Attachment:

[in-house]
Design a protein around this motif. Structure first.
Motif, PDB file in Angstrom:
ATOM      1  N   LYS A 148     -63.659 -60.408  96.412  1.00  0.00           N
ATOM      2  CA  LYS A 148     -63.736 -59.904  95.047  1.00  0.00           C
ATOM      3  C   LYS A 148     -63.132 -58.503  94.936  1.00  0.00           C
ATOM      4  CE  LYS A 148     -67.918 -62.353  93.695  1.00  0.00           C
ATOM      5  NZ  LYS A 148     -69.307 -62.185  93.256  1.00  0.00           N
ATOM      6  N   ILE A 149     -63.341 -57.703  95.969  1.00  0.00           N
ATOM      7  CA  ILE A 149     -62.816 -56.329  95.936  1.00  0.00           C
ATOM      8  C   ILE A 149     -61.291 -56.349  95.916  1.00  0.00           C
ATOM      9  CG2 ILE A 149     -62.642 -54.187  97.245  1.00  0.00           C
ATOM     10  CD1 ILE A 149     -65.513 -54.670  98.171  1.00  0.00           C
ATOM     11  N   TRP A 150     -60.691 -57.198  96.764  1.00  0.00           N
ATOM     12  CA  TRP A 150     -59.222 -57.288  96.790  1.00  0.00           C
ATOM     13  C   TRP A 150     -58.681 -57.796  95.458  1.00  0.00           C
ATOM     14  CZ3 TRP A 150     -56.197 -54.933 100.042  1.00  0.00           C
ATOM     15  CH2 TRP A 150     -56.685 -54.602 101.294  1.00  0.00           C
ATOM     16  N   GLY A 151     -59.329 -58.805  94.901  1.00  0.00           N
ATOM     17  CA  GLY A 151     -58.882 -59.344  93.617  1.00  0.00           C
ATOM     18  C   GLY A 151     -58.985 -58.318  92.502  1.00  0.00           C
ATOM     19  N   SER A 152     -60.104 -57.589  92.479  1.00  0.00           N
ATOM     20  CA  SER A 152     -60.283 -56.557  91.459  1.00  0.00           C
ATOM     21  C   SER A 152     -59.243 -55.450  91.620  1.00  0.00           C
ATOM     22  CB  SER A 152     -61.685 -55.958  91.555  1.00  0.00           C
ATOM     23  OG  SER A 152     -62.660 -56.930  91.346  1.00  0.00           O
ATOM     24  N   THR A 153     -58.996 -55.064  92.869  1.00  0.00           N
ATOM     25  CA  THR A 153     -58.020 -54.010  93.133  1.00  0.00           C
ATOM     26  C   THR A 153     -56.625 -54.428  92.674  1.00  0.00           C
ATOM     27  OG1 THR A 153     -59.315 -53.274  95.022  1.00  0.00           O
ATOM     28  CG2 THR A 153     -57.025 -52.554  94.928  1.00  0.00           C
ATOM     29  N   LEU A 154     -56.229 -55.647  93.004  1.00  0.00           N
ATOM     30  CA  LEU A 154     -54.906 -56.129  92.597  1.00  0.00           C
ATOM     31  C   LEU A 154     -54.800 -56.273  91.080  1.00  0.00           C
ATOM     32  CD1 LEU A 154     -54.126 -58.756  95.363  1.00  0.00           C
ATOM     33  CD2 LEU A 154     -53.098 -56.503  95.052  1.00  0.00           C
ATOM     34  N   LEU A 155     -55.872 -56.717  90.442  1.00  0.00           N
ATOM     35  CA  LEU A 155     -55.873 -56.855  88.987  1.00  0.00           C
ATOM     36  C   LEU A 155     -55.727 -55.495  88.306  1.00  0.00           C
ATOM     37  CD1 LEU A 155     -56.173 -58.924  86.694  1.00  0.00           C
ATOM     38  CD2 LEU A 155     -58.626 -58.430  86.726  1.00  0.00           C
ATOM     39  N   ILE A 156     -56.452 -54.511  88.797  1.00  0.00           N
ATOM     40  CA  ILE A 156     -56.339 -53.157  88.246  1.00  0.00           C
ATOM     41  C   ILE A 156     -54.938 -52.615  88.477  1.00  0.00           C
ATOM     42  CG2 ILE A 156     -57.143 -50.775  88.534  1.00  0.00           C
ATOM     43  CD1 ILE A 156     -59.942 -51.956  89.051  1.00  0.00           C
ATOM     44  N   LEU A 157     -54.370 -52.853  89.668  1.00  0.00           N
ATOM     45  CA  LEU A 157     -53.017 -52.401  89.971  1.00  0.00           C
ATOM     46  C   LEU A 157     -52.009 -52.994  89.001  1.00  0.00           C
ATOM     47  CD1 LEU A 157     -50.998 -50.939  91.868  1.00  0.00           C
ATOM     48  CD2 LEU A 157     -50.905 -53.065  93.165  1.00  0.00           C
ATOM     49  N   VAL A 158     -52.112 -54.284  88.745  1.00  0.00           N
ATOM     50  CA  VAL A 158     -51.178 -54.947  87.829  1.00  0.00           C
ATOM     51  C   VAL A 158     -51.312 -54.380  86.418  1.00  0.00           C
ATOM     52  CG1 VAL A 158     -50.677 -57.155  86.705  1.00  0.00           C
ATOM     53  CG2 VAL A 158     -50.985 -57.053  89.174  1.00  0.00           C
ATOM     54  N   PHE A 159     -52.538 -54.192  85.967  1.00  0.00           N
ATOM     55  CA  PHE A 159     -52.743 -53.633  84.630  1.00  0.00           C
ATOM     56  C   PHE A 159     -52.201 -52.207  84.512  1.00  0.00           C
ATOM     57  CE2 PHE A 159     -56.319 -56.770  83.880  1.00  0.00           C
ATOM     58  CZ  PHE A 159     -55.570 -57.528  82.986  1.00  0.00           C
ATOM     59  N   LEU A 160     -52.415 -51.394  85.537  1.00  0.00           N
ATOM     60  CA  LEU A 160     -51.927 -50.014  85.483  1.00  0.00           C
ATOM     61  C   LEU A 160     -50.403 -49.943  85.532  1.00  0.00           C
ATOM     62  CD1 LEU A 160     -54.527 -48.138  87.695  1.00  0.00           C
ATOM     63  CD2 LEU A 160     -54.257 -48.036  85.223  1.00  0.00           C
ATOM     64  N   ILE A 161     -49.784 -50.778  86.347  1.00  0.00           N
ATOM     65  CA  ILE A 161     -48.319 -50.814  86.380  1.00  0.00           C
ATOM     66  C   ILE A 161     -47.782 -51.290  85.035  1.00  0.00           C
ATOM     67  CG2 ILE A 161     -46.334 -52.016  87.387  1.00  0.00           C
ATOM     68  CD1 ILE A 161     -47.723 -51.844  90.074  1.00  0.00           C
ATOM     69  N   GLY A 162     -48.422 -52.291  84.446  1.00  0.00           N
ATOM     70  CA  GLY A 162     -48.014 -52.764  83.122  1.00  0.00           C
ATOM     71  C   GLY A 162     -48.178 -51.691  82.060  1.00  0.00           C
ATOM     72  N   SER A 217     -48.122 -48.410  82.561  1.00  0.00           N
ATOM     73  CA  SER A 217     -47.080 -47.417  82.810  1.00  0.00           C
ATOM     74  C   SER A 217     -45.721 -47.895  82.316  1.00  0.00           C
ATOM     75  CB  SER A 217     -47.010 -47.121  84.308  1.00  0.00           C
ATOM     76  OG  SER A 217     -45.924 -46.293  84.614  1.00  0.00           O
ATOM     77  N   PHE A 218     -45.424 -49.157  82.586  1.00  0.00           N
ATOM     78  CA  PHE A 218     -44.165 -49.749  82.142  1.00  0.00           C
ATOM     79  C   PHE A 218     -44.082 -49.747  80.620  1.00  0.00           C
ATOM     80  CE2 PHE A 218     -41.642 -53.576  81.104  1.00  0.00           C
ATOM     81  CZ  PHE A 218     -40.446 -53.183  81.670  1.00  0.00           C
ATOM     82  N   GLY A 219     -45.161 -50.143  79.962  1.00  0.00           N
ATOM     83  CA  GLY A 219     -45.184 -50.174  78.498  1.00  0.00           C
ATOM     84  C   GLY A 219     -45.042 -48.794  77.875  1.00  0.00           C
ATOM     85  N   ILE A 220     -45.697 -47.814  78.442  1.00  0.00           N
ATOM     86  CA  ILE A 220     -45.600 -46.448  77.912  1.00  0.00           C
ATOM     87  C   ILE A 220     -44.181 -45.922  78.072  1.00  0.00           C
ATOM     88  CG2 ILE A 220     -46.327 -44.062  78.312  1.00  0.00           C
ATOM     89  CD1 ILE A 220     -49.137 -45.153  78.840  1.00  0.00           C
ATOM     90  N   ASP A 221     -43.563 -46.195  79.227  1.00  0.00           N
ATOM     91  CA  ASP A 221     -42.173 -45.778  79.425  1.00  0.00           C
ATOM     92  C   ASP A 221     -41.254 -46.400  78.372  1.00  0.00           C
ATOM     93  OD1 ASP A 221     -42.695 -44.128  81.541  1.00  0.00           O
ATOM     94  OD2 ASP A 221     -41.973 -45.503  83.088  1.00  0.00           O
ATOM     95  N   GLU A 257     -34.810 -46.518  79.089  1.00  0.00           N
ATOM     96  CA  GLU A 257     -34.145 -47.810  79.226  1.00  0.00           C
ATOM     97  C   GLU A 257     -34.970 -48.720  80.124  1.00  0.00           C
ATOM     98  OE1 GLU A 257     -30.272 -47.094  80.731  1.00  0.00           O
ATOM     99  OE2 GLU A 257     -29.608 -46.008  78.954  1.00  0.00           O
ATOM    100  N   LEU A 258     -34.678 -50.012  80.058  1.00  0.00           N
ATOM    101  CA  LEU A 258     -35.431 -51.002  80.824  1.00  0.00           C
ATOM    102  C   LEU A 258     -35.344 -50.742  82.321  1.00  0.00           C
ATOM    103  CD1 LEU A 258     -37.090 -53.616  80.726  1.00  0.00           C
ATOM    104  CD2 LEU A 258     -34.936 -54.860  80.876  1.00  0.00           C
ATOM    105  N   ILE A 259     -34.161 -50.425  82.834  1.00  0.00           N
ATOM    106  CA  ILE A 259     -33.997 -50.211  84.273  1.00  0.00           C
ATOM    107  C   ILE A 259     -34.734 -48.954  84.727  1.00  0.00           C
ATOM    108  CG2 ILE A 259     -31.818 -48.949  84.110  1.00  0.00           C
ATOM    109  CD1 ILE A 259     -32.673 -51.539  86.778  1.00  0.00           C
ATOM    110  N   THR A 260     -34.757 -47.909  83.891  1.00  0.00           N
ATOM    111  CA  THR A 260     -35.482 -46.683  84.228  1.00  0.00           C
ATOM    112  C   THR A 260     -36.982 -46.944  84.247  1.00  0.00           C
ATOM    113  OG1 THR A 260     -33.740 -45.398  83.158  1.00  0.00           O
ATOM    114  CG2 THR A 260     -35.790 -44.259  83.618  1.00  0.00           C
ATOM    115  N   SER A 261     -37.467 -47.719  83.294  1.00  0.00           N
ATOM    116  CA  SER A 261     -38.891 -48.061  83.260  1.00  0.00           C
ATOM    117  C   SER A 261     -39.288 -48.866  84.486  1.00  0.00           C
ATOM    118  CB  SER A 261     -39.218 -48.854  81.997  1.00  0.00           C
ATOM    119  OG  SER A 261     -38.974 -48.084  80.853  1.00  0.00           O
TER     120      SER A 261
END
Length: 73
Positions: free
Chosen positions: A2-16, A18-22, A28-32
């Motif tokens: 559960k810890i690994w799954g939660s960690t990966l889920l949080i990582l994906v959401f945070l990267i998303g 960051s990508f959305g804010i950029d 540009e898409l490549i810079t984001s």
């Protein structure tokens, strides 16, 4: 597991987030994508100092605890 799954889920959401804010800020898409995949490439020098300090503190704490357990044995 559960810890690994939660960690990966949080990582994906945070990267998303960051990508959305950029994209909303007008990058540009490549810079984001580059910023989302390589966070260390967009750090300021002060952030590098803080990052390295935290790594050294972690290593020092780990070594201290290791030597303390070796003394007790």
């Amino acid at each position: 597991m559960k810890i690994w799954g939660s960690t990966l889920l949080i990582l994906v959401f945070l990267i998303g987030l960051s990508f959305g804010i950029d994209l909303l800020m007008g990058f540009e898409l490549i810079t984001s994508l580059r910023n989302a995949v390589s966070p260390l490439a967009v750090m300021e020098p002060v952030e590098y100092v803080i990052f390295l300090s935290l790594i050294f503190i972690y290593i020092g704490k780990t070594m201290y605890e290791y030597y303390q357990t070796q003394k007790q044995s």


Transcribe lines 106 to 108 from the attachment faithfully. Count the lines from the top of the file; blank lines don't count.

ATOM    103  CD1 LEU A 258     -37.090 -53.616  80.726  1.00  0.00           C
ATOM    104  CD2 LEU A 258     -34.936 -54.860  80.876  1.00  0.00           C
ATOM    105  N   ILE A 259     -34.161 -50.425  82.834  1.00  0.00           N